I think one of my favorite things about this book was the atmosphere! I think the 90’s are very well represented and I loved how the southern aspect was incorporated. I also really liked Patricia and the other housewives! They were all very sweet and they took take of their families like the good housewives they were. The only characters I couldn’t stand were the husbands. They were terrible! Carter (Patricia’s husband) was very manipulative, abusive and he constantly made her feel small – I really disliked him! The kids were disrespectful too, but not as bad as the husbands in my opinion.

Which brings me to my next point: I loved how empowering this book was. At first I felt sad because one valued their mothers/wives. Everyone took them for granted and they expected them to cook and clean and take care of the houses. And it was sad because the women believed they could never achieve anything great – their husbands already do that every day, right? But in this book, they discovered their true power and they fought for their families together. It was a beautiful and inspiring thing to see.

I think my main down point for this book was the pacing. Sometimes I felt like nothing was happening and the story got a bit too slow for my taste. But it was not constant throughout the book.

There are some tough things here that I think it’s important to address. Be aware of triggers for rape –  I really wasn’t expecting that – and gore. Not only that, but you’ll witness sexism and racism here and there.

I wanted to read this for a while and it wasn’t as mind-blowing as I thought it would be, but it was still entertaining. Other than that, if you like horror books or “realistic” vampire books, you should check this one out!


Review | Away with the Penguins by Hazel Prior

“They’re not just full of wrinkles, they’re full of… stories. And so often we don’t bother to appreciate them till they’re gone.” 4.5/5 stars!

Attention! This book contains: lost family, frozen vegetables, ruby-red lipstick, blog entries, cups of Darjeeling tea, pink guano, wooden boxes, mukluks, lemon cake, old diaries, dandelions, olives and, of course, a lot of penguins.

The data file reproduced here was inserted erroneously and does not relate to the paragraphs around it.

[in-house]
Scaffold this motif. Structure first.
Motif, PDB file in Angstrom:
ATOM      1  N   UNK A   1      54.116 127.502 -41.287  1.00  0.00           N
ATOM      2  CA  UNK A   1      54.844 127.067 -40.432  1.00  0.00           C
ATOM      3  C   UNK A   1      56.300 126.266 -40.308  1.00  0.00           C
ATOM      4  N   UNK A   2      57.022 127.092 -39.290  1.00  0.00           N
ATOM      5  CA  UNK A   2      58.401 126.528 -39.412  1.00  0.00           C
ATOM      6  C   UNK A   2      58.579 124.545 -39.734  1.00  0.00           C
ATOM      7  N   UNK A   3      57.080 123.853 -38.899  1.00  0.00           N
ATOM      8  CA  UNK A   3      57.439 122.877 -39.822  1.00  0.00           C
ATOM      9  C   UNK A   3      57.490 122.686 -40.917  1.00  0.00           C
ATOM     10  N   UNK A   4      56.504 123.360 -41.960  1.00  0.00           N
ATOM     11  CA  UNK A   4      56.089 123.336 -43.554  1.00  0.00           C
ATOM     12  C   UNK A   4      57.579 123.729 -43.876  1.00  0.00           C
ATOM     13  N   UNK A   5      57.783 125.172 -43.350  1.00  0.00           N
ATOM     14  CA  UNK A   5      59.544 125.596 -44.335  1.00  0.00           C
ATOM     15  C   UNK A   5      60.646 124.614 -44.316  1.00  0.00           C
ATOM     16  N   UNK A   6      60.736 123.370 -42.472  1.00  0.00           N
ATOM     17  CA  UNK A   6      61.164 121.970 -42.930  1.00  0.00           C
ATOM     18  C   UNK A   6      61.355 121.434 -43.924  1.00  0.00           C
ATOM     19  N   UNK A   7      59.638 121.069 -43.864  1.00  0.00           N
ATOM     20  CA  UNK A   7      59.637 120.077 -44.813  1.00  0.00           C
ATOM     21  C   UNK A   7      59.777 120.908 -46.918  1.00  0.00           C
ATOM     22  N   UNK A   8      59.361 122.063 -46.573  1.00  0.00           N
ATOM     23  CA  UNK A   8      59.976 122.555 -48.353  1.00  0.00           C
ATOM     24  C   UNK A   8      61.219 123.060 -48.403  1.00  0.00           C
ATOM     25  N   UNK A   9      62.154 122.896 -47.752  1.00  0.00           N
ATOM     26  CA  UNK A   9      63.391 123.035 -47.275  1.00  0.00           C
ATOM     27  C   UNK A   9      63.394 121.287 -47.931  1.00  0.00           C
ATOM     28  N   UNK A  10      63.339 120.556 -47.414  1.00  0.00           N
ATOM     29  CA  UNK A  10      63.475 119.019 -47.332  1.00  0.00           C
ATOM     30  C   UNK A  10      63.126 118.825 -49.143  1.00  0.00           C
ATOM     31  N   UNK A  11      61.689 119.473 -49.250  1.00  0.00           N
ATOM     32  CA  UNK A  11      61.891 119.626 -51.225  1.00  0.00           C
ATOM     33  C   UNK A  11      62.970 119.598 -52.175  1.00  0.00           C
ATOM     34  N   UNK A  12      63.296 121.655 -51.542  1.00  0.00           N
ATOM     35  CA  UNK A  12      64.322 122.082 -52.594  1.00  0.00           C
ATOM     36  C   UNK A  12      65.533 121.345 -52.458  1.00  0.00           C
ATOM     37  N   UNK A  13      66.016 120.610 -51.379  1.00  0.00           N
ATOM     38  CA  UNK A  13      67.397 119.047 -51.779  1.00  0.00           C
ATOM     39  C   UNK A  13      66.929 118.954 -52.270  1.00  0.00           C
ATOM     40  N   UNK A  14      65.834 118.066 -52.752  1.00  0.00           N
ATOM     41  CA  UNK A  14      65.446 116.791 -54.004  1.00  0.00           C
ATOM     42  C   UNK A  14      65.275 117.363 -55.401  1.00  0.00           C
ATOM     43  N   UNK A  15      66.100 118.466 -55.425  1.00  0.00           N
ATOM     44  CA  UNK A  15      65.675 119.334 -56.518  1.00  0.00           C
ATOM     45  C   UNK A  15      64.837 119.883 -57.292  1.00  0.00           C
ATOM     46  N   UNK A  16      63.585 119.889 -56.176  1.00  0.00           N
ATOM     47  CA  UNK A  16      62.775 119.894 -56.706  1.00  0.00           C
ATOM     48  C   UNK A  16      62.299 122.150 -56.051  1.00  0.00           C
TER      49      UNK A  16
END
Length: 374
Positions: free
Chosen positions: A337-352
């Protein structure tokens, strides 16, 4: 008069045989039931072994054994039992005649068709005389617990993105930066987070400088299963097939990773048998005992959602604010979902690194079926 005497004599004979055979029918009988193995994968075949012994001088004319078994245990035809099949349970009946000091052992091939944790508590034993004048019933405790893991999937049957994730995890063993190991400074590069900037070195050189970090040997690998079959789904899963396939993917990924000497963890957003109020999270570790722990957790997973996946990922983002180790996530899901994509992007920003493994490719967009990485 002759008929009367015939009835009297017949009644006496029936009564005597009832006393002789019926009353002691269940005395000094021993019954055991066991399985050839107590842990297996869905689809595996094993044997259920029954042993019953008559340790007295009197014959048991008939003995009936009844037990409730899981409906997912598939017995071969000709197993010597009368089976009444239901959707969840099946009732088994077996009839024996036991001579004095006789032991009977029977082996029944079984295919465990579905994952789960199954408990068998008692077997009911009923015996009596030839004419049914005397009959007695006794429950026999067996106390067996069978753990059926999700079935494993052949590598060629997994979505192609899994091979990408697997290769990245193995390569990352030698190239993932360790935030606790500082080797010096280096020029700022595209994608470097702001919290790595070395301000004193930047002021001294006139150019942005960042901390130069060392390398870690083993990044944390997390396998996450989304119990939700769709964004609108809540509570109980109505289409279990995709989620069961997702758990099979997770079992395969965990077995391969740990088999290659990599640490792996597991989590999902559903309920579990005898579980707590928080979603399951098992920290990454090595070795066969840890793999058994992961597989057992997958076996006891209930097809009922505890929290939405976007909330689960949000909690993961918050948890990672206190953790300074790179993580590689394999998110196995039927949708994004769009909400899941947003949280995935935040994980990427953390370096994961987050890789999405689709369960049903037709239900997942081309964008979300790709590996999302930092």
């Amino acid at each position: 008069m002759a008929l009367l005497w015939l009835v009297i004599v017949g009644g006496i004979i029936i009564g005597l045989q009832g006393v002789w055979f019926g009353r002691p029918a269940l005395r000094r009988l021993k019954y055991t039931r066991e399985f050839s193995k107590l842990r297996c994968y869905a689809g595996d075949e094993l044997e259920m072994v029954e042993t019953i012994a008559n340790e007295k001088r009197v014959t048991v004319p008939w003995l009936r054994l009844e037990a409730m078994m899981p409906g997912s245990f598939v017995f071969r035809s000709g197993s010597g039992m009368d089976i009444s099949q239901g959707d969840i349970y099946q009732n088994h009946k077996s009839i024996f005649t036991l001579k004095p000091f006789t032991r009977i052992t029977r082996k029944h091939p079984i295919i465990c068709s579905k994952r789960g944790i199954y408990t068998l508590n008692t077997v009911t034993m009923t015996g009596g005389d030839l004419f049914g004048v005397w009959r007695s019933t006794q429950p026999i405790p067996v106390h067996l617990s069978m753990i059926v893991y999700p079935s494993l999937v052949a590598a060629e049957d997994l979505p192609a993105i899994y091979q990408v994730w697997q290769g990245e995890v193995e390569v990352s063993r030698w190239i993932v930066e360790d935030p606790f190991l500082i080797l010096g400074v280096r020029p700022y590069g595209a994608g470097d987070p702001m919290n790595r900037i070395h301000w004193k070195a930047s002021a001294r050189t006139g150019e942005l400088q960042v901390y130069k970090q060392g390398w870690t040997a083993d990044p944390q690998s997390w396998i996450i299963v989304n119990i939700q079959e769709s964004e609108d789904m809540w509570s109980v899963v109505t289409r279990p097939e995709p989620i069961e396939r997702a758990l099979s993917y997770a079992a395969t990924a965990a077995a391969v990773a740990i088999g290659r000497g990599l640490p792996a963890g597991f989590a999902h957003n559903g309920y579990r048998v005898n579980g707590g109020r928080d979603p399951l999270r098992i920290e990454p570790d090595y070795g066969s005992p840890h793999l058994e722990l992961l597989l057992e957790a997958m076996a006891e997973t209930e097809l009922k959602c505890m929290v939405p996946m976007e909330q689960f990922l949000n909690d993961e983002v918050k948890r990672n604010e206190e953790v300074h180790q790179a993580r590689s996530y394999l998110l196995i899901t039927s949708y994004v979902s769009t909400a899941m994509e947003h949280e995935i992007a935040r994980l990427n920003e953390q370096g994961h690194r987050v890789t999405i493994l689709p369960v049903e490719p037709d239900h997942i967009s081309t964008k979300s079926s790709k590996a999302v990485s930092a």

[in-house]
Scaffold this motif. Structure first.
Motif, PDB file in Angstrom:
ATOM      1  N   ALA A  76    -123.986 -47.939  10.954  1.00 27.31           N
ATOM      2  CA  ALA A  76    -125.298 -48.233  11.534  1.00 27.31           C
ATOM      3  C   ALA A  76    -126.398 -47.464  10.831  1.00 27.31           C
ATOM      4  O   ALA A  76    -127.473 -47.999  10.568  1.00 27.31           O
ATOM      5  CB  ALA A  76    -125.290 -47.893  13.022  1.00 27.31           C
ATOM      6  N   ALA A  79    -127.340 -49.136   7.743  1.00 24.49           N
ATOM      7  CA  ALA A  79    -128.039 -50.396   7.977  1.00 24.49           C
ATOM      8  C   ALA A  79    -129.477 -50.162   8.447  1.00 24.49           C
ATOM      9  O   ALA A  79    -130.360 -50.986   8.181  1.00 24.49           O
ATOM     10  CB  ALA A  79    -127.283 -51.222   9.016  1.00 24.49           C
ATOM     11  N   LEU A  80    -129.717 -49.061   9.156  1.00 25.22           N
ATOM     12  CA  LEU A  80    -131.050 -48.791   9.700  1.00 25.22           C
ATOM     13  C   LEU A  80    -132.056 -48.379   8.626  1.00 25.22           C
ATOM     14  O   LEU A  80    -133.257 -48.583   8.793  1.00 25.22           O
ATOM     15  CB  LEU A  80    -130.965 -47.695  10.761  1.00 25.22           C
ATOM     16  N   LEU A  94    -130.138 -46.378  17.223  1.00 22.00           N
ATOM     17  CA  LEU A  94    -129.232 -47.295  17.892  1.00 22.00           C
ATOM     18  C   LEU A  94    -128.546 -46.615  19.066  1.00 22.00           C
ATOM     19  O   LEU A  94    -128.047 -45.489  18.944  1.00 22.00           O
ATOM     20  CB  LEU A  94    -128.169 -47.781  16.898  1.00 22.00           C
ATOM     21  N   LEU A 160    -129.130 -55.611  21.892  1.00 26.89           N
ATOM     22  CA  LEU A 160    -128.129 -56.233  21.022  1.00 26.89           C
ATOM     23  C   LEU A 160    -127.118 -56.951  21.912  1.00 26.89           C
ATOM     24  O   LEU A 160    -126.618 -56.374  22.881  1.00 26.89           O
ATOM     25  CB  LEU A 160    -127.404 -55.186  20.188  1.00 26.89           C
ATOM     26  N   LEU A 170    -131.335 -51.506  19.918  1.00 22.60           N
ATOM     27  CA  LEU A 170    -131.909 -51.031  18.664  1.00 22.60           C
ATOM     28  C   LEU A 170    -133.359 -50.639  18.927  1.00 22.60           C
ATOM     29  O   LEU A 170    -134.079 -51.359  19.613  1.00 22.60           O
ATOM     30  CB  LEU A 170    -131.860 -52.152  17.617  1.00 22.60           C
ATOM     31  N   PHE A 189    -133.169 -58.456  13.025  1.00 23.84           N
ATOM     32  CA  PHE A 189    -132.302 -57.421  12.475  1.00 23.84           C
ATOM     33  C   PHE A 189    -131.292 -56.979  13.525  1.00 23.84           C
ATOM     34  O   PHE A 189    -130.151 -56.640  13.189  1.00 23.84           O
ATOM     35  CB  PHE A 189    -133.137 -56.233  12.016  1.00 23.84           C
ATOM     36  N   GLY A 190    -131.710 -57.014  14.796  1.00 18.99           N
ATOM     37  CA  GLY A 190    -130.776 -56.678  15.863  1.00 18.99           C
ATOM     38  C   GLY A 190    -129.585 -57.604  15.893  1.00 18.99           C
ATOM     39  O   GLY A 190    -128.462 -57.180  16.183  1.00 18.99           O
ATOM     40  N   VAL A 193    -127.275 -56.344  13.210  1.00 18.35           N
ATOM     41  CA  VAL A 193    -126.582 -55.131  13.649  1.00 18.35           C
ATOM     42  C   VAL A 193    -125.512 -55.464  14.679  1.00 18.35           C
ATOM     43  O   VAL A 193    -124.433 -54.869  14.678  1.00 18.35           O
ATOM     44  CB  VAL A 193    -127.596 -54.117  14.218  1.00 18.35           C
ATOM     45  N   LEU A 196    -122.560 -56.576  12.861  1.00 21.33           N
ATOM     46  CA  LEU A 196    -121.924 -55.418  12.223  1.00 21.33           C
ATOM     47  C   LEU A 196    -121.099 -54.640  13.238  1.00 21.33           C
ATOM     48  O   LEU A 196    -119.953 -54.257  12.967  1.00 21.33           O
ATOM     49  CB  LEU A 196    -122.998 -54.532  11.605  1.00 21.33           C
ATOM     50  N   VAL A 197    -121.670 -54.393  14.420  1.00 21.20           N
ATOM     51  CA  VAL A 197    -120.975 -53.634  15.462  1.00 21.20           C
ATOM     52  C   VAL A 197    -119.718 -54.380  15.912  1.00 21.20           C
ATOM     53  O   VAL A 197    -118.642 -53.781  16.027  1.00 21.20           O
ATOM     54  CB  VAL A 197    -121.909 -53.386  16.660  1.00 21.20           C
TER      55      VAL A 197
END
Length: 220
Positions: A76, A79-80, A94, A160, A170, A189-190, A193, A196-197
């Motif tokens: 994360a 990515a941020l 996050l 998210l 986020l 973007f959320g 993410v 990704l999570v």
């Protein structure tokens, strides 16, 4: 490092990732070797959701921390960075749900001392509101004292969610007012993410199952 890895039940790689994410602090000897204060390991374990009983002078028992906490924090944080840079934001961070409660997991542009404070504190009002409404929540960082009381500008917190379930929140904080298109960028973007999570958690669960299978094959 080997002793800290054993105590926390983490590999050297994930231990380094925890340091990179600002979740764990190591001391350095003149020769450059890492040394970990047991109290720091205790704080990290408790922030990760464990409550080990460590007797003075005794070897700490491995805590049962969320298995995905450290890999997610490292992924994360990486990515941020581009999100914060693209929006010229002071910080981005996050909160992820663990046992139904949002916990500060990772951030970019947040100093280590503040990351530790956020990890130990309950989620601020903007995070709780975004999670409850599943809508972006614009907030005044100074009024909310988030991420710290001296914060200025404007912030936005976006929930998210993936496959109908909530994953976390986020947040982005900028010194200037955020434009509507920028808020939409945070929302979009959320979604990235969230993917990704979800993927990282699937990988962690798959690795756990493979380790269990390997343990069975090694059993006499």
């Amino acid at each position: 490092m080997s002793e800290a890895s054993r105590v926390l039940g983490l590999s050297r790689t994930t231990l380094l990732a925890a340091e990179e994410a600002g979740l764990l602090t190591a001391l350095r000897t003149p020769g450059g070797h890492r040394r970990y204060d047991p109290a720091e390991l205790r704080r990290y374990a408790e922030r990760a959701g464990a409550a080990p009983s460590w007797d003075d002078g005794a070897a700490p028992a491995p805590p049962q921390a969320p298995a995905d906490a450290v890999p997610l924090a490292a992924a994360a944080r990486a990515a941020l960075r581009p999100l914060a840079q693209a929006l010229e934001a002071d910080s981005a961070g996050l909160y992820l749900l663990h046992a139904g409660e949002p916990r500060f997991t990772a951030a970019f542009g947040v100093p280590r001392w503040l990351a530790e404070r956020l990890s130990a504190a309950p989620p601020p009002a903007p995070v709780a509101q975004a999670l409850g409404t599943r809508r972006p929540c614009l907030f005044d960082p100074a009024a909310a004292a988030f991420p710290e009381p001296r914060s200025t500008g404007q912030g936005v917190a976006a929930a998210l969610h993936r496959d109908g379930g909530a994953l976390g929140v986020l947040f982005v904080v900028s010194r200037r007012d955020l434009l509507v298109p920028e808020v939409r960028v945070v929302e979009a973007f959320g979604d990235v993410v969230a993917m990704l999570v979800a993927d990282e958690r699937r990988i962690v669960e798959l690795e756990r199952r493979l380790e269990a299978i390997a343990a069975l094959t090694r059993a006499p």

Veronica McCreedy is about to have the journey of a lifetime…

Veronica McCreedy lives in a mansion by the sea. She loves a nice cup of Darjeeling tea whilst watching a good wildlife documentary. And she’s never seen without her ruby-red lipstick.

Although these days Veronica is rarely seen by anyone because, at 85, her days are spent mostly at home, alone.

She can be found either collecting litter from the beach (‘people who litter the countryside should be shot’), trying to locate her glasses (‘someone must have moved them’) or shouting
instructions to her assistant, Eileen (‘Eileen, door!’).

Veronica doesn’t have family or friends nearby. Not that she knows about, anyway… And she has no idea where she’s going to leave her considerable wealth when she dies.

But today… today Veronica is going to make a decision that will change all of this.

I kept seeing this book everywhere and everyone seemed to enjoy it, so I took it as a sign that I needed to read it too! The concept seemed very different from everything I’ve read before, so I was intrigued to see what it was all about.

And – surprise, surprise – I loved this book! I think what I liked so much about Away With The Penguins is how wholesome it is. Not only the story is fun, but it also talks about topics such as family bonds and it has a huge environmental aspect regarding nature conservation and endangered species. 

Even though this book is fictional, the story feels realistic. You can see clearly the author took her time studying penguins and how researchers work to make this book. Penguins really are amazing creatures and fortunately I learned a lot while reading this book – that was a plus to me!

The characters in this were amazing. I know Veronica is meant to be this difficult, cold character, but it’s impossible not to like her. When I started reading this book I felt a bit apprehensive, but after a few pages she won my heart  and I understood why she acted the way she did. The plot of her getting to know her grandson better was also really nice. They started off on the wrong foot, but their relationship developed beautifully throughout the book!

If you are a romance junkie, I’m telling you right now: this is not a romance book. With that said, there is a mini love story here that even though it wasn’t necessary to the plot, it was still a nice addition in my opinion! It’s not the most amazing love story of all time, but it was still cute.It was a really fun book to read and I think it’s a great option to pick up if you’re looking for something light and heartwarming – and even if you’re not, I would still recommend you this book! It’s charming and you’ll fly through the pages. I mean, what could possibly go wrong with a story with penguins? If you don’t love penguins already, you definitely will after reading this book!


Review | Cut Off by Adrianne Finlay

“You don’t have to fix anything. You can’t, anyway. That’s not how people work, we don’t fix them. If we care about someone, we just have to be there for them.” 3.5/5 stars!

Attention! This book contains: card decks, Skym drones, earthquakes, candy, spiders, hotel rooms, fears, tsunamis and golf carts.

Teens compete to survive in the wilderness for one million dollars on a new virtual reality show. When something goes horribly wrong and the contestants realize no one is coming to save them, they must question their very reality—and how much of the game is really for show.